Galatians 5:1, 13-25

Luke 9:51-62

I have bad feelings about the Gospel readings for a while. Our lectionary takes us through the bulk of Luke during “Ordinary Time,” telling stories of Jesus teaching and healing people. This part of Luke is full of great stories and parables, but they are all pressing on to a final encounter with the religious establishment in Jerusalem, Jesus’ death and resurrection. The resurrection is the point, of course, but Luke’s story leads to it through death, and Jesus has that in sight starting now.

Jesus’ decision to go to Jerusalem begins many chapters of what is called Luke’s “journey narrative,” or what we might describe as “how Jesus tried to get himself killed.” He starts with irritating the Samaritans in this story, as his focus on Jerusalem suggests that he denies their ways of worship. Then he goes on to shut out three would-be followers by demanding a level of commitment they can’t muster (because who could?). This is no way to build a ministry, and it’s no way to welcome a dear child into the church family. Would we say this to the little girl whose baptism we just celebrated?

Of course not. If nothing else, Jesus is kinder to children than that. He knows that children are busy for years learning how to love (and to tie their shoes). But they learn eventually. We know that love will make amazing demands of us, will transform us as if the person we were before had died. It will draw us out of ourselves into sharing with others, just as Jesus shared life even to the point of going without a home. We will learn a greater love even than life and family. But Jesus doesn’t drive this point home except with people who think they already know it. He only reminds the people who need to be reminded that love is beyond simple knowledge.

Love shows up in our life, not just in our thinking. Jesus lived love to the end, of course, with all that healing, feeding, and teaching. He lived good news for the poor, hungry, and sick. He revealed a God who is eager to make inequities right, and as Jesus leads, we share in this work. Jesus proclaimed restoration and new life, forgiveness for all that needs to pass away and new beginnings in freedom. I can tell you that sort of thing all day, but you really see it when you live it just as Jesus lived it, even to death.

And there’s death again. Yes, that’s where Jesus is going. His message of reconciliation, hope, and forgiveness makes enemies. There are forces that value control more than life, from marketing to religion – and we have to remember that it was the religious leaders who had Jesus put to death as a threat to their power. So Jesus is going to death, but that’s not his final destination: Jesus goes on to life via death, to eternal life through self-giving. Jesus was raised to demonstrate God’s new reality, and he lives on in God’s community as the church at its best lives Jesus’ life.

We live Jesus’ life when we open our doors to people at the edge of the community, inviting them to share in a picnic, a dinner, or in baking cookie. We live it when your gifts to the Deacons fund help to pay for groceries, gas, or clothing in people’s emergencies. We live it when you work through the government or nonprofit organizations to solve systemic problems in health, economics, or education. At our best, we spread the good news that life belongs to God’s people because God loves, not based on any other qualification.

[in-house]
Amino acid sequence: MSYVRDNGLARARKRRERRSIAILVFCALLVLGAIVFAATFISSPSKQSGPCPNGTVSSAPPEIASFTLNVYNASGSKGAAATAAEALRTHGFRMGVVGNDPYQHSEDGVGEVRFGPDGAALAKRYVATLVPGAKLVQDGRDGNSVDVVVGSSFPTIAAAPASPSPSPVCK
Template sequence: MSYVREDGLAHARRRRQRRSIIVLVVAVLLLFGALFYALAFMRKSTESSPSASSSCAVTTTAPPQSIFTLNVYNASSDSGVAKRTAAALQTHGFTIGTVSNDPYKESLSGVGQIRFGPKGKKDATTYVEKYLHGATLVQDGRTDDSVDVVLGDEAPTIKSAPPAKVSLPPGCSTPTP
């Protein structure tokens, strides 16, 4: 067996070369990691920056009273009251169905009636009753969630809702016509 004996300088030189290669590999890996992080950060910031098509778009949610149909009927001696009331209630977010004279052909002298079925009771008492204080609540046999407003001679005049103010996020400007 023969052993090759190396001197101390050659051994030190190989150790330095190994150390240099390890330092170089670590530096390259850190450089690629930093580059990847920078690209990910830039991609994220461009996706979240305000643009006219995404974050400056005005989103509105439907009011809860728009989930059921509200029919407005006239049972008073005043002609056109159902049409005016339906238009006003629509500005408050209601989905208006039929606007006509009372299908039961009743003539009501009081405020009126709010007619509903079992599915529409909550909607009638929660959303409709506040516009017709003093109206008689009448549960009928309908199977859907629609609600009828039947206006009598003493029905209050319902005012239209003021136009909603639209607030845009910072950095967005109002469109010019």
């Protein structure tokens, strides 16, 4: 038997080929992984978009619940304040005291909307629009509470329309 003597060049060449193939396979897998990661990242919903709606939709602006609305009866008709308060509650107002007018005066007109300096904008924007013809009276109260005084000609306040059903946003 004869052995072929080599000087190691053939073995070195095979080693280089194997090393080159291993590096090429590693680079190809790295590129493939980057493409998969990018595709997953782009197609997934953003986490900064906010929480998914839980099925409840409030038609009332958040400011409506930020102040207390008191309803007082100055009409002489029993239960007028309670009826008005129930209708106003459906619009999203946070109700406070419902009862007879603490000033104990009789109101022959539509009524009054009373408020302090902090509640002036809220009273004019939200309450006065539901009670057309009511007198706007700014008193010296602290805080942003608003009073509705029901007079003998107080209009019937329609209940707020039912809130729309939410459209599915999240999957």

I have never pretended that we do this perfectly, and Jesus has no illusions that we will. That’s part of why his qualifications are so unreasonable. Christian growth moves forward and back. We become more like Christ, then we get lost, and then we find new freedom again. The Church has always wrestled with the forces of control and turned new freedoms into fossilized sets of rules. The Galatian church was trying to figure out how to behave as followers of Christ: what rules and commandments did they have to follow? Paul invites them to find freedom again. Not to try to earn new life, but to receive it as a gift, because that’s what it is.

“But wait,” say the powers of religion and control, “won’t we just walk all over each other in that kind of freedom? Aren’t the rules there to protect us?” Of course they are. None of us can live without rules, because we aren’t perfect at freedom just yet. But the rules are only temporary. Paul talks about a freedom within and beyond the rules, a freedom we can grow into eventually, the freedom of God’s life.

It’s simple to talk about this kind of freedom. The guideline to “love your neighbor as you love yourself” sums it up. But it’s impossibly hard to live, and practicing this way of living takes all of our life. Loving your neighbor means giving yourself up, that is, giving up the false self that defends itself by attacking others. That self needs the constraint of rules until we’re ready to grow out of it, and then we move a new direction. It’s like learning how to play music. First, you learn the fingerings and notes, but then the music itself takes root. Eventually we are no longer bounded from without by rules, we’re guided from within by love. We’re giving, sharing, and living with Christ.

The Spirit of Christ grows new life within us, a life that shows up in love, joy, peace, patience, kindness, goodness, faithfulness, humility, and self-control. The Spirit has to produce these from within us, they can’t be imposed from the outside. But they grow like weeds when we invite them to. The soil of our hearts is fertile for these “fruits of the Spirit.” Just make room for them. Remember the Spirit of Love that gave us life; ask that Spirit to guide us toward giving our best for others. Then do it again. Eventually (after years and decades) it becomes automatic. It becomes your life. Then we’ll know true freedom, when the Spirit who gave us life controls every move with love.

Amen.

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